The author's hash table code used quadratic probing. You may copy the file from this
link or from Mr. Frey's public directory
- (R) -- We all know that the center square is the most important and we all know a winning move when we see one near the end of the game, however, DO NOT build this kind of intelligence into the smart player. The smart player should use only the board configuration dictionary to decide which move to make next.
- (N) -- an example intermediate report which must be printed if the history flag is present on the command line is available here
- (N) -- A tie is not a loss and is not a win. You should reflect this in your intermediate game results.
- (R) --Your smart player must exhibit an acceptable rate of learning. The rate at which your smart player wins is incorporated into the grade calculation. To achieve maximum points for the "Learning Curve" portion of your grade, your smart player must achieve an 80% win rate.
- (H) -- use the CVS Utilities that have been provided to insure that there are no CVS or ant problems with your submittal.
Project GradingThe expected point breakdown for this project will be something like this:
- Project Questions (10 points) -- be sure to edit and submit P4Questions.txt. Your answers must be supported by analysis of your hash table statisitics where applicable.
- Basic Cases (5 points) - This will be a test that attempts to play a few games of Tic-Tac-Toe.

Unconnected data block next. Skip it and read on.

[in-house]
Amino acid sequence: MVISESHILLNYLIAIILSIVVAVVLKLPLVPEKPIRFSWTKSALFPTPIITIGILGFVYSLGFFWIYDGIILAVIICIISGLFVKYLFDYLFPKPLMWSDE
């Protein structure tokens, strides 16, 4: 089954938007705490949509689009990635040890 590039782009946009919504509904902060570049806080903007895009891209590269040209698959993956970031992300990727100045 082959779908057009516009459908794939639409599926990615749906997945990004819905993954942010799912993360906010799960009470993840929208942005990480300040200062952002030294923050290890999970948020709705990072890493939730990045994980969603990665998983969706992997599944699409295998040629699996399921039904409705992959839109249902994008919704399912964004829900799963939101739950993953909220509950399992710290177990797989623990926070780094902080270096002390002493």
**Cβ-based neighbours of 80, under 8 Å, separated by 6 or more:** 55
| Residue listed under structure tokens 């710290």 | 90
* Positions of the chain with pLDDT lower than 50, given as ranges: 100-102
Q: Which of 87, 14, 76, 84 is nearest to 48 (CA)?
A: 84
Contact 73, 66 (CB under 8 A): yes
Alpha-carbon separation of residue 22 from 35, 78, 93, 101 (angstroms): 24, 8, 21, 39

- More Complex cases (10 points)- This will test implementation of the history flag.
- Stress Case (10 points) - This test will be based on playing a large number (e.g 18000) of games.
- Design/Implementation (15 points) - based on design specifications.
- Leaning Curve (50 points)
We will measure how well your program learns by the percentage of games won by the smart player. As more games are played the smart player should win a higher percentage of the games. Your score for this section will be based on the ratio of your smart player's wininng percent versus the desired 80% winning percent at no more than 18000 games.
Extra CreditThere are several interesting ways to extend your base project. To indicate that you implemented any of these extra credit items, submit a file named README. This will alert the TA to look for that additional functionality when grading your project.
- Add a GUI display to your program. Your GUI should display the game board and piece positions. In GUI mode, moves of one player should be controllable interactively. Include instructions so that the TA knows how to control the interactive player. Worth five points.